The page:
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gtg842y CoWeb Assignment 2

the term refactoring means modifying source code without changing its user-end behavior, and is sometimes informally referred to as "cleaning it up". In extreme programming refactoring is an integral part of the software development cycle: developers alternate between adding new tests and functionality and refactoring the code to improve its internal consistency and clarity.

The most easiest kind of refactoring is the change the variable/method/ name to some thing that is meaningful. For example, instead of using "x" and "y" we could use terms such as "user" "password". A more complex version of refactoring is to turn the code within an if block into a subroutine. For example, I have this huge class with lots of "if" statement to track the conditions; so in the process of refactoring I could make these "if" statement to different methods so these methods are relatively independent to the remaining code. the advantage for this kind of refactoring is that it is easier to track program errors, so if one piece of method messed up it will not effect the entire program.

Unit testing allows the programmer to refactor code at a later date, and make sure the module still works correctly (i.e. regression testing). This provides the benefit of encouraging programmers to make changes to the code since it is easy for the programmer to check if the piece is still working properly. A good set of unit test cases makes sure that every line of code in the module executes.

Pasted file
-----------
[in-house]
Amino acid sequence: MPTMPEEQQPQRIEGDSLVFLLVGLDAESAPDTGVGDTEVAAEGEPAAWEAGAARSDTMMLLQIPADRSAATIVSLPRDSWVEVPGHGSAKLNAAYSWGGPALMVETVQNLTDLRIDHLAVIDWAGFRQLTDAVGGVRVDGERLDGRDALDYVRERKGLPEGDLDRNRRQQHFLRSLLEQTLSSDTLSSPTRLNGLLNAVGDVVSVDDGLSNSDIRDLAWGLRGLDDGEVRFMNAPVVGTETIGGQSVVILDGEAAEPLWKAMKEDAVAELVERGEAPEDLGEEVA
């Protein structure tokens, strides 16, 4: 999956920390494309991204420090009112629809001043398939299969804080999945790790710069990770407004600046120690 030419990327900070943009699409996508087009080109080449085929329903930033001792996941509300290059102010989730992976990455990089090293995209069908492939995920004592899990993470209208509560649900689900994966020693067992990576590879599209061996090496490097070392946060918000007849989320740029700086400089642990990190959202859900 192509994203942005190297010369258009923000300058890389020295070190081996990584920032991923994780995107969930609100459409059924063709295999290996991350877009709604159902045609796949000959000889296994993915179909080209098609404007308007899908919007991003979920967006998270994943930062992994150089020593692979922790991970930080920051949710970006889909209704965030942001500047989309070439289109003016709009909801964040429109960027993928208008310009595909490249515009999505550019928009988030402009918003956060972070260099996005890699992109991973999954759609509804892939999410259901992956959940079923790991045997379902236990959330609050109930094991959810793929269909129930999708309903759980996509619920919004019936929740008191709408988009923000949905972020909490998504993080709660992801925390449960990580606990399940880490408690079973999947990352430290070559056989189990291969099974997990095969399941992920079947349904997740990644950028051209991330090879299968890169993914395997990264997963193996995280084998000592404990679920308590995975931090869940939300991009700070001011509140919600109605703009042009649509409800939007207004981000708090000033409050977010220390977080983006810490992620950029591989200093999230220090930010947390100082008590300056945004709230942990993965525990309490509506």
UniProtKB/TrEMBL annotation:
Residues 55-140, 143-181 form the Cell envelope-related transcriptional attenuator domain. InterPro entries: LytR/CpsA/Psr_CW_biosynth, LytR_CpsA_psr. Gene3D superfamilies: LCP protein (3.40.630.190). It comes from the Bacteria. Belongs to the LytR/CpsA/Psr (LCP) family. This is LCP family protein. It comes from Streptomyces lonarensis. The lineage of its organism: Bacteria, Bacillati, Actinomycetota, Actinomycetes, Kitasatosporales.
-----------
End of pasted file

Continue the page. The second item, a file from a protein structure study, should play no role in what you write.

In continuous unit testing environments, through the inherent practice of sustained maintenance, unit tests will continue to accurately reflect the intended use of the executable and code in the face of any change. Depending upon established practices and unit test coverage, up to the second accuracy can be maintained.

Tracing code
1 + 2 * 3 - 4 factorial    


a := #(1 2 3 4 5)
#(1 2 3 4 5)

a select: [:i | i odd]
#(1 3 5)

b := a
#(1 2 3 4 5)

a := a reversed
#(5 4 3 2 1)

b collect: [:i | i i]
#(1 4 9 16 25)

a perform: #at: withArguments: #(4)

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